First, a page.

Phillies: Righty Connor Seabold excited to be in player pool
By Matt Rappa
Phillies right-handed prospect Connor Seabold is excited to be in the mix
Philadelphia Phillies No. 21-ranked prospect RHP Connor Seabold being named to the team’s initial player pool in late June was most likely something he never expected. So much so, he started to think about his summer plans
The 24-year-old right-handed pitcher was not among the non-roster invitees at spring training in Clearwater earlier this year. Also, the California State University alumnus, drafted by the Phillies in the third round of the 2017 draft, had never pitched above the Double-A level.
Yet, just hours before the Phillies’ deadline to submit their player pool roster for summer camp, Seabold received the call to pack his bags and get ready to come to South Philadelphia. The Orange County Register’s Richard Dunn calls Seabold the “most improbable camper” at Citizens Bank Park.
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“It’s awesome that they gave me a chance to go out there,” Seabold told Dunn. “I think I’m the only one on the roster that didn’t make the big league roster in spring training earlier this year. It’s kind of a cool thing. It’s a great opportunity and I appreciate them giving me a chance.”
In just his first full professional season, 2018, Seabold fast-tracked his way up to pitch for the Double-A Reading Fightin Phils’. He was surely set for at least a Triple-A stint in 2019, however, an oblique injury changed his plans.
The 6-foot-2, 190-pound pitcher would not make his first appearance in 2019 until late June; he would make three appearances with the GCL Phillies and two with the Clearwater Threshers, before finishing the season out back with the Fightin’ Phils. Combined in seven starts there, Seabold went 3-1 with a 2.25 ERA and 36-10 strikeout-to-walk ratio spanning 40 innings.
Seabold went on to pitch in the Arizona Fall League, where he went 1-0 with a stellar 1.06 ERA and 0.588 WHIP across four starts. Although those numbers did not earn Seabold a bid to spring training, it surely helped him to stand out among other prospects to be added to the summer camp player pool.
MLB.com writes that despite Seabold not having “eye-popping stuff,” he has managed to keep hitters off-balance and “missed a decent amount of bats, even when he got to Double-A”:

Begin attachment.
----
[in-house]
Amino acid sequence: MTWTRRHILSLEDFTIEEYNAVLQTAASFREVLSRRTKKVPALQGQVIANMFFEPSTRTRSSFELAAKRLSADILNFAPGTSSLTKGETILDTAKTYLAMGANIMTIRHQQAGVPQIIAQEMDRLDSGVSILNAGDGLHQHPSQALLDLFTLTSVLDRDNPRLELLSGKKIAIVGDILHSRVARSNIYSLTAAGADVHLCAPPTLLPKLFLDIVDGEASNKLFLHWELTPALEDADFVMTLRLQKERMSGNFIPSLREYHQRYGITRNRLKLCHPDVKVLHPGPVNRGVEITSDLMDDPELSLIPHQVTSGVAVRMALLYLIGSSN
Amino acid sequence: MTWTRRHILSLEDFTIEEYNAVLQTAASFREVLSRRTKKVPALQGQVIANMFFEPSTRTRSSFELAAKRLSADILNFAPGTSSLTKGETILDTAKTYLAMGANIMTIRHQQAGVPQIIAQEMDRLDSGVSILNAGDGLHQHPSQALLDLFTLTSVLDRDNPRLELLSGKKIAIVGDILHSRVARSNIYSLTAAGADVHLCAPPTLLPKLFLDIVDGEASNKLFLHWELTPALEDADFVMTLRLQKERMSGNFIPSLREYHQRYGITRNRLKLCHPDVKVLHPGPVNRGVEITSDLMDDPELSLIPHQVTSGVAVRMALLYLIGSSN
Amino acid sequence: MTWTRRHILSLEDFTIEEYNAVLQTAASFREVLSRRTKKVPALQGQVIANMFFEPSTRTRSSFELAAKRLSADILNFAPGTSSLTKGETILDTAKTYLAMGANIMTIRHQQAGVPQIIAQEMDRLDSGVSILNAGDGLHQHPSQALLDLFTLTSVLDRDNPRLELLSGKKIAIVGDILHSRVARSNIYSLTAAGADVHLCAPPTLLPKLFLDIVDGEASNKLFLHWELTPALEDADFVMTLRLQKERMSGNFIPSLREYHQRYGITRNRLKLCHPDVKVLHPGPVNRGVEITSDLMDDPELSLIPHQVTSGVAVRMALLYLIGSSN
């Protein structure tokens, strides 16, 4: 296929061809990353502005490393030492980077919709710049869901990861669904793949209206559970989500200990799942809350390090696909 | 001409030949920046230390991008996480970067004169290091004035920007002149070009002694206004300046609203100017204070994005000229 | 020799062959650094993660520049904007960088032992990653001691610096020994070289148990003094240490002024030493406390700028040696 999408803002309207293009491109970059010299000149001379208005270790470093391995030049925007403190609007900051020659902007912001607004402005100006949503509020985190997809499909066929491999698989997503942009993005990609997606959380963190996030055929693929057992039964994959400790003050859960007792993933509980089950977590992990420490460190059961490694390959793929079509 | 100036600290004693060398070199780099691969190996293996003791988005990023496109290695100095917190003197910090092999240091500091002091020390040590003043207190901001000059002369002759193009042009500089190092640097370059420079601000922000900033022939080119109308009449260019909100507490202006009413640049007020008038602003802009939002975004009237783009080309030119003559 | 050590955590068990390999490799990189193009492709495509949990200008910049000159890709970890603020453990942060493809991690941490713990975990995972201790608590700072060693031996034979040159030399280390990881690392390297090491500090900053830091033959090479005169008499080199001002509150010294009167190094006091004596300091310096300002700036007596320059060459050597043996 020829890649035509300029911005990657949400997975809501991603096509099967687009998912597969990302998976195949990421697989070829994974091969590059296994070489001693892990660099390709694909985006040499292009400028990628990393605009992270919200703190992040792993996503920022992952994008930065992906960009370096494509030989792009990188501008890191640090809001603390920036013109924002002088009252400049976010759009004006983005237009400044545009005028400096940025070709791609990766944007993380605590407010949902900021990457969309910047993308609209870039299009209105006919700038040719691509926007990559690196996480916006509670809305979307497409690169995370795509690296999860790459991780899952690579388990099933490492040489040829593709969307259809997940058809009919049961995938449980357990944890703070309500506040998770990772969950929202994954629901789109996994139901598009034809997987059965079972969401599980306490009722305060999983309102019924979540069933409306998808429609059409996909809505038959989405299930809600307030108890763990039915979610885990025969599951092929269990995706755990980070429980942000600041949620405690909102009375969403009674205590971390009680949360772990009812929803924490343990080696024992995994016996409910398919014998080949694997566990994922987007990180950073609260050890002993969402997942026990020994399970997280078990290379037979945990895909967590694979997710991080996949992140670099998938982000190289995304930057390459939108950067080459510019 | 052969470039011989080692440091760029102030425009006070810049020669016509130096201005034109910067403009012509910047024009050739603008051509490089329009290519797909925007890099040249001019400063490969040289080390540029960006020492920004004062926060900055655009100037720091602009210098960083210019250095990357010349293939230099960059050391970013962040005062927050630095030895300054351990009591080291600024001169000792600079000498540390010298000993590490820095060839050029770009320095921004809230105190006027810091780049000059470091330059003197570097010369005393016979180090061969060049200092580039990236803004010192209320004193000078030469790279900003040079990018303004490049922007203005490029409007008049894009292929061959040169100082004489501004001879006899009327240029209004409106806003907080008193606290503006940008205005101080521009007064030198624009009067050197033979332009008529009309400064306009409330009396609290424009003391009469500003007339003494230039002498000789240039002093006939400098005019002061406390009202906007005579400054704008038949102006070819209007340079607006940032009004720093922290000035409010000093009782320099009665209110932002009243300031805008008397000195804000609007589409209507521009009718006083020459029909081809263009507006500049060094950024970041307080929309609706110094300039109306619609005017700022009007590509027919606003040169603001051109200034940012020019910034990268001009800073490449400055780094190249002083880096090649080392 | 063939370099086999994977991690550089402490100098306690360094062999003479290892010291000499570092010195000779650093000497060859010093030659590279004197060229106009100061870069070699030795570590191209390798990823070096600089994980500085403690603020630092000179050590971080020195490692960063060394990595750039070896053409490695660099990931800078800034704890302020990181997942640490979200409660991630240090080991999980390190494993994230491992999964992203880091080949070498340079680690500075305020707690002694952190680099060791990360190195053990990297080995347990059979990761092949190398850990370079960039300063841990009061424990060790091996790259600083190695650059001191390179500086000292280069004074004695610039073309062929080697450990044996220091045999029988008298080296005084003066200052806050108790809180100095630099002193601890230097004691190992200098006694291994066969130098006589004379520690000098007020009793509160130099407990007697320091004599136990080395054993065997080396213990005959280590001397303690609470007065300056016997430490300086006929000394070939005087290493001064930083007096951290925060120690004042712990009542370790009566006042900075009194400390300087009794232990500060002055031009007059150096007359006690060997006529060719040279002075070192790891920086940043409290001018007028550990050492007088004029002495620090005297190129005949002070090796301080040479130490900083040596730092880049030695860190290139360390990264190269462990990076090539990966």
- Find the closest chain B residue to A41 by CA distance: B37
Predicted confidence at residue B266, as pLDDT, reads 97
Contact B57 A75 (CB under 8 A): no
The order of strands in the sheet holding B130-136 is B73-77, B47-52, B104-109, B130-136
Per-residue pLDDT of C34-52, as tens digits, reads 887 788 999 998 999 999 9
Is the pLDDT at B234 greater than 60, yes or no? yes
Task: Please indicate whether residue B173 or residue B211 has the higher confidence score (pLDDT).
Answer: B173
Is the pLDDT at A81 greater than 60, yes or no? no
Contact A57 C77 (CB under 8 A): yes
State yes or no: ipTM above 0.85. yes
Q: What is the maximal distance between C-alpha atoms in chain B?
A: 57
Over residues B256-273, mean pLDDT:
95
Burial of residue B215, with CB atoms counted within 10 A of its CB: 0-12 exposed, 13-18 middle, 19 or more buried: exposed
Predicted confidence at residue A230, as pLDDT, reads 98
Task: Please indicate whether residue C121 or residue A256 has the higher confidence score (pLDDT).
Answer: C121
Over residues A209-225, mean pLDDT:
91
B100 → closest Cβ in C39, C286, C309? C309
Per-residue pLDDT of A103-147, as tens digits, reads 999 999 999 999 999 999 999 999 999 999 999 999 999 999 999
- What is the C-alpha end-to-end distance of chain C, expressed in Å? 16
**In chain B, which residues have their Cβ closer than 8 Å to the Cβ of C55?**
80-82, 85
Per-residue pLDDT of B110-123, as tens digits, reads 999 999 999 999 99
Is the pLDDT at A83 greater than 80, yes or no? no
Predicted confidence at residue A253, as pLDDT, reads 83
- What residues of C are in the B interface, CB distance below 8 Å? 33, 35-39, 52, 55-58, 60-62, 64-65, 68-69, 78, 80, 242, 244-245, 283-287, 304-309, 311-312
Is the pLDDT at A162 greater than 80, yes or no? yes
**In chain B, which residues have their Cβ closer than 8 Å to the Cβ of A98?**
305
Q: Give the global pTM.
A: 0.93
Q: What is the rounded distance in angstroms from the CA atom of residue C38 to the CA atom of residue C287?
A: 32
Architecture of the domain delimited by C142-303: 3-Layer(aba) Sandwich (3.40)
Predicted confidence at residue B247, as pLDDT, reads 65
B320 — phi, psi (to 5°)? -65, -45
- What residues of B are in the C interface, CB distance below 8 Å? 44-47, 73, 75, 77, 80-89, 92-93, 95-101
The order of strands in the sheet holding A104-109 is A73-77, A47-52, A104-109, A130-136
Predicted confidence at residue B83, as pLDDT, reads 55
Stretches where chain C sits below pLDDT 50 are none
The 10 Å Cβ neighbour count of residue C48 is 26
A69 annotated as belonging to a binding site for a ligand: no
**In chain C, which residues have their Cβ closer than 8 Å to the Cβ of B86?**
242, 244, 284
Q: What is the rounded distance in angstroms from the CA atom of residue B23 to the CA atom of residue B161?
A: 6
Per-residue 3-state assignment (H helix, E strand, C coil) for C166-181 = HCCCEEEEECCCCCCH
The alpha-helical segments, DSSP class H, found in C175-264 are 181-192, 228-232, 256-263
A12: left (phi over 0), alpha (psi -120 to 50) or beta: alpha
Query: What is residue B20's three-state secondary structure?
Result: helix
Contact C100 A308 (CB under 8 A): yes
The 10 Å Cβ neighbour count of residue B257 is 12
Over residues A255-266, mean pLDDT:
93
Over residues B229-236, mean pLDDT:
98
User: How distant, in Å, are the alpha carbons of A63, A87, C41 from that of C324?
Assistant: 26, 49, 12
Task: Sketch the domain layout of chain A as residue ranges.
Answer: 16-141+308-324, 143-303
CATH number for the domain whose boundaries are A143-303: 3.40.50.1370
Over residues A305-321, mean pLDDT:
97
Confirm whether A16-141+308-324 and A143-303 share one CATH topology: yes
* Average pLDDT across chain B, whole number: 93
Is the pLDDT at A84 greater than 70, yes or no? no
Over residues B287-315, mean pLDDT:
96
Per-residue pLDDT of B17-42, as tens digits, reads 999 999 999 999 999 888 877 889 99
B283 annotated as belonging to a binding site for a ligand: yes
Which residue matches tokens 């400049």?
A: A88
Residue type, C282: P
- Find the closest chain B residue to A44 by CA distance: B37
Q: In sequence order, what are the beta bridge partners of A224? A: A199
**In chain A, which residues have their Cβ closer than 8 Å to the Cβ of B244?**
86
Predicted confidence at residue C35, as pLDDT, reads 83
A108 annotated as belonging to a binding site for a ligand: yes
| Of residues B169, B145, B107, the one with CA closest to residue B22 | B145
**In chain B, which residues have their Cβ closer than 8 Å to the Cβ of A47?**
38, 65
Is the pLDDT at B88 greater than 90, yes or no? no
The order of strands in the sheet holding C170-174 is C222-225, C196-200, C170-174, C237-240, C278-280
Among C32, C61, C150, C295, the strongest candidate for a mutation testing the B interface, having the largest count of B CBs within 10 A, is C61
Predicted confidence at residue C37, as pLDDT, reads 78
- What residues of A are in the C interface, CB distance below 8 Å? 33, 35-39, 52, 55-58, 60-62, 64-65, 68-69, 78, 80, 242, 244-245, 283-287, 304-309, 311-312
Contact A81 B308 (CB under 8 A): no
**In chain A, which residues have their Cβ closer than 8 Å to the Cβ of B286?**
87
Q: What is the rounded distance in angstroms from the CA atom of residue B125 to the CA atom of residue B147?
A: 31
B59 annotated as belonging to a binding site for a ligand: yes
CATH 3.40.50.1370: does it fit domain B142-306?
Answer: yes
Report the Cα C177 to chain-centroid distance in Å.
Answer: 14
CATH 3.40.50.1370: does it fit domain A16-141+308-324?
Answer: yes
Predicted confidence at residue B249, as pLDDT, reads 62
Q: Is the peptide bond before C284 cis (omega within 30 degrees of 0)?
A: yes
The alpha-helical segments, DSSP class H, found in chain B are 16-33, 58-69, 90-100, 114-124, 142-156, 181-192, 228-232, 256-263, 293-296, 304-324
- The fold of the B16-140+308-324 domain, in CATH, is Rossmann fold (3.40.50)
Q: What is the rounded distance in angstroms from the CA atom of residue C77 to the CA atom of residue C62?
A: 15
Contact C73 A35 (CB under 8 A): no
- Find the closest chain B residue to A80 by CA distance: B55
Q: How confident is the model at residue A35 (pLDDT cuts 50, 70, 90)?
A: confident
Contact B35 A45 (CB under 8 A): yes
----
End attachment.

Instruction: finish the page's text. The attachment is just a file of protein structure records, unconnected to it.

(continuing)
"He’s throwing a bit harder than he did in his college days, typically in the 90-93 mph range now, though he touched 94 mph in the AFL. His slider is an average offering, but he missed a lot of bats with it in the Fall. He worked to improve his changeup while he was rehabbing and it’s an above-average pitch now with excellent downer action to it.Seabold will always be a command and control pitcher, one who has to rely on changing speeds and keeping hitters off-balance. His swing-and-miss rate went up in the AFL and if that’s for real, he could fit into the back end of a big league rotation soon."
Seabold told Dunn he is “super excited” for the opportunity to debut this season. Even if he is not named to the 30-man Opening Day roster, he and the rest of the non-active players in the player pool will head to the team’s alternate training site — the Triple-A home of the Lehigh Valley IronPigs, where the prospect has yet to pitch in his professional career.
Seabold is not expected to be utilized as a starting pitcher at the site, his role so far as a Phillies prospect, however. According to Dunn, he is expected to be used as a multiple-inning relief pitcher.
Of course, things can change if the Phillies’ starting pitching depth begins to deplete, due to injury or placement on the COVID-19 Injured List, at the big-league level.
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Overall, Seabold has appeared in just 40 games (34 starts) as a Phillies minor-leaguer; combined he has gone 11-10 with a 3.52 ERA, 203-46 strikeout-to-walk ratio, and 1.063 WHIP across 196 2/3 frames. He has allowed only 163 hits in that span.
Dunn writes that Seabold has stayed in shape during the unprecedented shutdown by training and pitching off a mound near his Orange County, California, home. “That’s all these last two or three months have been, just uncertainty,” Seabold told him. “It was just a cycle of training every day, making sure your body was in shape, but at the same time, saying to yourself, ‘Is it worth it? Are we actually going to do this? Is anything going to come to fruition?’”
For at least Seabold, it in fact was worth it. He has a chance to debut in red pinstripes in what could be one of the most memorable seasons in recent Phillies history.